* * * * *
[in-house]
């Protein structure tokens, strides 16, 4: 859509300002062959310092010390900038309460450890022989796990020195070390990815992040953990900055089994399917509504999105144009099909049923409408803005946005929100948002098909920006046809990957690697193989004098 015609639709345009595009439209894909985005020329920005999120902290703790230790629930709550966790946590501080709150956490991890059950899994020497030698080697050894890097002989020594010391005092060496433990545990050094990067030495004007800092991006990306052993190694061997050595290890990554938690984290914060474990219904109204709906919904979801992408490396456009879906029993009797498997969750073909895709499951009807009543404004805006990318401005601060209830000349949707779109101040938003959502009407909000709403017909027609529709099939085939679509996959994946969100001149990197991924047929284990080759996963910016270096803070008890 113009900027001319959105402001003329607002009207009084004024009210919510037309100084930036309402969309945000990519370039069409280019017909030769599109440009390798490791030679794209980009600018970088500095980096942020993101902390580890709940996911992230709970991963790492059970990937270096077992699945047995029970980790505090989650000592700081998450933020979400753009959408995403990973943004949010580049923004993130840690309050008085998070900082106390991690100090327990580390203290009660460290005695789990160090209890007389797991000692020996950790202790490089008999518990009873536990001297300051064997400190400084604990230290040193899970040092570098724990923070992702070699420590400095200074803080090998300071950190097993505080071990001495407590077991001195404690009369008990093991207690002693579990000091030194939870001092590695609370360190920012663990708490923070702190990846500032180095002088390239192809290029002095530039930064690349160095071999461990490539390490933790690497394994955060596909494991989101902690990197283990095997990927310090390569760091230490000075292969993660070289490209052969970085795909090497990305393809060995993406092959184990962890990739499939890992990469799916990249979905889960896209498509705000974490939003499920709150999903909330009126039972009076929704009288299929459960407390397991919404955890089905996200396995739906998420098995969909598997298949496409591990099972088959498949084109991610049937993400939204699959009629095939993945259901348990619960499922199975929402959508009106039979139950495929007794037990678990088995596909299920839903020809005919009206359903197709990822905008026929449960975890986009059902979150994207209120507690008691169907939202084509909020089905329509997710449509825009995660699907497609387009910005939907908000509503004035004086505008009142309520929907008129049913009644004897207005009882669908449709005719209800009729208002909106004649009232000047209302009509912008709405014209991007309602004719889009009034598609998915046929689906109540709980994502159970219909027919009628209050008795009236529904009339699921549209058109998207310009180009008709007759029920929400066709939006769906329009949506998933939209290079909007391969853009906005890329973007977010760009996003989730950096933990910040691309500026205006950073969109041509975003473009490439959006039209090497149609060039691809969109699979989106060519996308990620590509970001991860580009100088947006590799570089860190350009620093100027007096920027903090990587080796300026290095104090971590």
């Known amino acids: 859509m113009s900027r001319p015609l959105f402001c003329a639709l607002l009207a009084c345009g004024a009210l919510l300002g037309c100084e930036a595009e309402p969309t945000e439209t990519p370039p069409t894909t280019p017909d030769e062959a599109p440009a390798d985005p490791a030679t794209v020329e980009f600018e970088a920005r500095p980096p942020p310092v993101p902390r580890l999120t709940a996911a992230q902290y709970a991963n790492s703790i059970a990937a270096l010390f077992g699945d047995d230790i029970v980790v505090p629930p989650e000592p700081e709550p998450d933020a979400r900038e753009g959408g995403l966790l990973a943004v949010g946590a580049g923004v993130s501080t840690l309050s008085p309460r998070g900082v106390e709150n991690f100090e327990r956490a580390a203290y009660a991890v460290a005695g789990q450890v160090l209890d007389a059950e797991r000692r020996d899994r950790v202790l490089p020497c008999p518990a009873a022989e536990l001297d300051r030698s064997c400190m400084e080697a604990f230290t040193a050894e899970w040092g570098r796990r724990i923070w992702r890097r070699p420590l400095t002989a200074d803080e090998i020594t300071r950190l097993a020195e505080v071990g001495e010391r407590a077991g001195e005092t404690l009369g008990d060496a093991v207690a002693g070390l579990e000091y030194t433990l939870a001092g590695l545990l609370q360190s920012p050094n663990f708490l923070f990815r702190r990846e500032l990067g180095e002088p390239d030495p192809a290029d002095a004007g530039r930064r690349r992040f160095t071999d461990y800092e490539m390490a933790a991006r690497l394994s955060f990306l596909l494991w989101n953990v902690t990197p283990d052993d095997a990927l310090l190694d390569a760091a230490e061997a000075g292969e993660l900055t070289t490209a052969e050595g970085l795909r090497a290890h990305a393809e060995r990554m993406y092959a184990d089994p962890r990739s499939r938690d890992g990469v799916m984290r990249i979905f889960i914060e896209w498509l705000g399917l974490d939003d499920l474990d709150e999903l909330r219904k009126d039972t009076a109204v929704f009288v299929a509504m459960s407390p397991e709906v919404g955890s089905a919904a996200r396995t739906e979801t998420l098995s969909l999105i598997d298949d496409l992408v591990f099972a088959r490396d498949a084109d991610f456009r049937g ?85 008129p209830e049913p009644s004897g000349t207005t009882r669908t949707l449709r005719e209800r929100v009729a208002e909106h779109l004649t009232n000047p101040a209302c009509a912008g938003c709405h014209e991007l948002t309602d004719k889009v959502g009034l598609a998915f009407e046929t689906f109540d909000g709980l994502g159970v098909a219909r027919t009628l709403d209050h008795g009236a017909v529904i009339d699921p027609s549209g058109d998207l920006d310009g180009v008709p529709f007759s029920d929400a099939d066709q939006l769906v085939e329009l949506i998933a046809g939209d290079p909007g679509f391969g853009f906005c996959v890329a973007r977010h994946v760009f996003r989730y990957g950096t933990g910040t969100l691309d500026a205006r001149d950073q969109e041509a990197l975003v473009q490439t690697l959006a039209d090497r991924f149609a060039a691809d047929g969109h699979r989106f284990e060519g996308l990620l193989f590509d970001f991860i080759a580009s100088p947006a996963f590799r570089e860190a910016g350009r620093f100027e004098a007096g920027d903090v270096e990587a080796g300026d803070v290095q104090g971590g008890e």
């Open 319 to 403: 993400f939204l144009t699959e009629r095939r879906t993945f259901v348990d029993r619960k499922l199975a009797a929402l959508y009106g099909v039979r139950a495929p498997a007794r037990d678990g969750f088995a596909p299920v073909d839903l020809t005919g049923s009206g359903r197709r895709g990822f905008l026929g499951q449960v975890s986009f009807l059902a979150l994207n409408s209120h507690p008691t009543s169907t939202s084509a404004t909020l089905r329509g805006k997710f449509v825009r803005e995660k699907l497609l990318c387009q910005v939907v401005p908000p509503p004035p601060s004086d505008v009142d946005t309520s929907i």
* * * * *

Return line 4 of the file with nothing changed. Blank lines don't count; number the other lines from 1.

């Open 319 to 403: 993400f939204l144009t699959e009629r095939r879906t993945f259901v348990d029993r619960k499922l199975a009797a929402l959508y009106g099909v039979r139950a495929p498997a007794r037990d678990g969750f088995a596909p299920v073909d839903l020809t005919g049923s009206g359903r197709r895709g990822f905008l026929g499951q449960v975890s986009f009807l059902a979150l994207n409408s209120h507690p008691t009543s169907t939202s084509a404004t909020l089905r329509g805006k997710f449509v825009r803005e995660k699907l497609l990318c387009q910005v939907v401005p908000p509503p004035p601060s004086d505008v009142d946005t309520s929907i």